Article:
Facebook, Subway Highlight the Dangers of Negative Marketing


Advice for any marketing teams thinking about using negative marketing tactics: Don’t.

Admittedly, it can be tempting to disparage other companies in your sector.

After all, it seems like an easy way to kill two birds with one stone: You inform the public about your competitor’s flaws while simultaneously showcasing why you provide a better service or product.

In reality, though, trying to tear down competitors rarely achieves its desired outcome. Such offensive marketing strategies often backfire and can even bring negative attention to their source.

I know that some marketers won’t agree with me. I get it.

I’ve spoken with plenty in the sector who feel that even though an offensive article or advertisement may not be well received by the public, the subject of that content would still have a lot more to lose anyway.

It may be hard to believe, but that opinion is incorrect. Attack ads can easily strike discord with their audience for any number of reasons, turning people first and foremost against the aggressor.

Moreover, why bother taking that risk in the first place?

Subway learned this painful lessonOpens a new window earlier this year when it came under heavy online criticism from people who felt the sandwich chain’s recent commercial – in which it overtly painted McDonald’s as unhealthy and even potentially deadly – was tasteless, annoying and inconsiderate.

As Subway found out, if the tone isn’t just right and the message perfectly delivered, negative ads can often be seen as insensitive, overly aggressive or just too mean. Plus, don’t put it past the public to construe such content as an unnecessarily shady tactic.

In an era when social media spreads information like wildfire, angering the public can badly hurt brand reputation.

Another proof point: the fallout from the recently-published New York Times investigation into Facebook’s operationsOpens a new window . Among the many disreputable practices uncovered by the reporters, it was revealed that Facebook had been working with a PR firm that wrote and published negative articles against the internet giant’s competition.

The Republican opposition research firm, Definers Public Affairs, didn’t just go after other tech companies like Google and Apple – several days before Facebook’s COO Sheryl Sandberg testified to Congress in September, the PR company even attacked the senators who were scheduled to question her.

In the few days since the New York Times piece was published, the fallout has already been severe. As people – and more importantly, the media – discover the extent of Definers’ dark arts PR strategies, Facebook is coming off increasingly worse.

Objectively, it’s not hard to understand why the PR firm employed offensive marketing tactics. In recent years, Facebook has faced a litany of scandals, and trying to shift negative sentiment towards Facebook’s competition isn’t actually that bad an idea.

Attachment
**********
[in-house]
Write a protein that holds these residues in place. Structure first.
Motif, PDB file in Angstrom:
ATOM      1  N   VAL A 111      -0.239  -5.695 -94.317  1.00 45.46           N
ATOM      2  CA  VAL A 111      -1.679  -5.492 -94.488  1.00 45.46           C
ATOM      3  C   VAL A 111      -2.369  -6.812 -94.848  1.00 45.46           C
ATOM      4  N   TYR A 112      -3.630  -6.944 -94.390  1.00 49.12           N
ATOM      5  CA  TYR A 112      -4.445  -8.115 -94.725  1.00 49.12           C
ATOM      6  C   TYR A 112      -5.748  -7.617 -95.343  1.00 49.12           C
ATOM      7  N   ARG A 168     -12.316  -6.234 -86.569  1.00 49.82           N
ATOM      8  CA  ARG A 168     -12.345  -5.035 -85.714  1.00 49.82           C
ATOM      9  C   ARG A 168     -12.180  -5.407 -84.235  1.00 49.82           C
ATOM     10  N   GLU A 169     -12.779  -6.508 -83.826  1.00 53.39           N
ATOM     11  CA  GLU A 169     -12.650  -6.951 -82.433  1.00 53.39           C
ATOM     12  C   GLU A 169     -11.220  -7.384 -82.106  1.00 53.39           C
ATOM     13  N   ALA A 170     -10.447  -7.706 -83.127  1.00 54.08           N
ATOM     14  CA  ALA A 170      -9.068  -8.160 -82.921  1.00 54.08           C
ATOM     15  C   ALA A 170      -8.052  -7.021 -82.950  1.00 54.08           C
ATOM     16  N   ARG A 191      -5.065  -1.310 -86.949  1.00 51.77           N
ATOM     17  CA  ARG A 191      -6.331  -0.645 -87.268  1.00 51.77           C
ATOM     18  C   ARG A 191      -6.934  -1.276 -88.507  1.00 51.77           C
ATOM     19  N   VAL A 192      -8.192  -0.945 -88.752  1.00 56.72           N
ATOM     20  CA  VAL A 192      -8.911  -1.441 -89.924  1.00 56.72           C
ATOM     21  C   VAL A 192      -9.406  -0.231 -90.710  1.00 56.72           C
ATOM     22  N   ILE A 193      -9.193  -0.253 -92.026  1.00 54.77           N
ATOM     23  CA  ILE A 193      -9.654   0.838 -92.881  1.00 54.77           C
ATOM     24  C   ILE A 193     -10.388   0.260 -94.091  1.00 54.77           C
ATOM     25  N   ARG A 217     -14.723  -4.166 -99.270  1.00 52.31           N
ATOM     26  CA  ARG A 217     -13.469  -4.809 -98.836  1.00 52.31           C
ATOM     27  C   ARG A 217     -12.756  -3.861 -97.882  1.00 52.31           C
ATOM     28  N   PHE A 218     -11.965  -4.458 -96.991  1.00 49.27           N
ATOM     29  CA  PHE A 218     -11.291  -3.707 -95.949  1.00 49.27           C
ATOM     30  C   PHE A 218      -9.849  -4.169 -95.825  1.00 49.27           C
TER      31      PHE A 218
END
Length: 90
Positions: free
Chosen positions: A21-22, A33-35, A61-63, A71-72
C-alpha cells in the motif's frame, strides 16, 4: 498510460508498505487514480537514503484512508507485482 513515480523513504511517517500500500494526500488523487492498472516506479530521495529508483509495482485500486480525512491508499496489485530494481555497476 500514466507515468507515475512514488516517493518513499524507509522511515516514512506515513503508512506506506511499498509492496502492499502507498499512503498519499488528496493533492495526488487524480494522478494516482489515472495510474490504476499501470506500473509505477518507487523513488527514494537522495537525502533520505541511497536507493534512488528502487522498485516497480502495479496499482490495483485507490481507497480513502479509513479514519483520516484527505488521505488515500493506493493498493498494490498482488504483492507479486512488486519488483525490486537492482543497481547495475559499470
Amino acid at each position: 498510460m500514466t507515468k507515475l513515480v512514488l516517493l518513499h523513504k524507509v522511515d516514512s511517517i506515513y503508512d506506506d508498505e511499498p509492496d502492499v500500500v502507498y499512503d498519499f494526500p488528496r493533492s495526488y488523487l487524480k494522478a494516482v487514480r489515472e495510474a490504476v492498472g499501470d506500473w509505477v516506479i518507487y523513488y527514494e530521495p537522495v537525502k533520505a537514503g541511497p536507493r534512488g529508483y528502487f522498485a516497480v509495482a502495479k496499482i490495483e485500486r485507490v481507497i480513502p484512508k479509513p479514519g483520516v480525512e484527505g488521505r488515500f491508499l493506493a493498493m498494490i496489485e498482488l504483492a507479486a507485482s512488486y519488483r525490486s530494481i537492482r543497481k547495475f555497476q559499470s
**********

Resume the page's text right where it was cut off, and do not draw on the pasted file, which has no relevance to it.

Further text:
Although it may seem like a good strategy on paper, though, it’s important to consider that everything needs to go exactly to plan for the desired impact.

As Facebook is learning, in marketing attack is rarely the best form of defense.

What happens when the other shoe drops? When people find out that the content is nothing more than an attack ad? Or when that commercial or article misses the mark and only serves to anger audiences?

Psychology and negativity

Nobody likes to be bombarded with negativity.

Trying to sway consumers away from a specific product or service by telling them why it’s awful doesn’t actually work. In fact, people tend to take it as a personal affront when something they use or own is criticized.

This defensive knee-jerk reaction is a cognitive bias known as post-purchase rationalization, and it’s a large part of consumer reaction to marketing. Simply put, we are inherently predisposed to rationalize any purchases we’ve made, especially when it feels like we are being criticized for buying or using them.

In other words, rather than convincing people why your company or brand is better than the competition, the opposite occurs when using negative marketing strategies.

Brands that attack their competitors can easily come off as desperate: If they are as good as they say, why are they spending so much time and resources criticizing others?

Marketers should focus on showing consumers how their company, product or service offers value, rather than pushing negative marketing messages. Buyer behavior is most heavily influenced when they feel a product or service will meet their needs – attacking other companies won’t help achieve this.

Focus on why you’re better, not why they’re worse

That said, it pays to stay informed about your competition – know who they are targeting and how they are reaching those audiences. That way when they mess up, you’ll be ready to pounce.

It’s important not to use these mistakes to paint them in negative light. Rather, them to highlight your strengths.

For instance, if your competitor is under scrutiny for the way it handles sexual harassment issues (wink-wink, nudge-nudge, Google), create content and push campaigns that show how inclusive and diverseOpens a new window your company is.

If your competitor is at the center of a scandal about data misuse (wink-wink, nudge-nudge, Facebook), highlight how important your clients’ privacy is to your business.

Ultimately, marketing departments are supposed to convince consumers that a specific product or service is the right one for them. Their time and money will be far better spent finding new and innovative ways to advertise the value of their service or product than trying to hit out against other companies.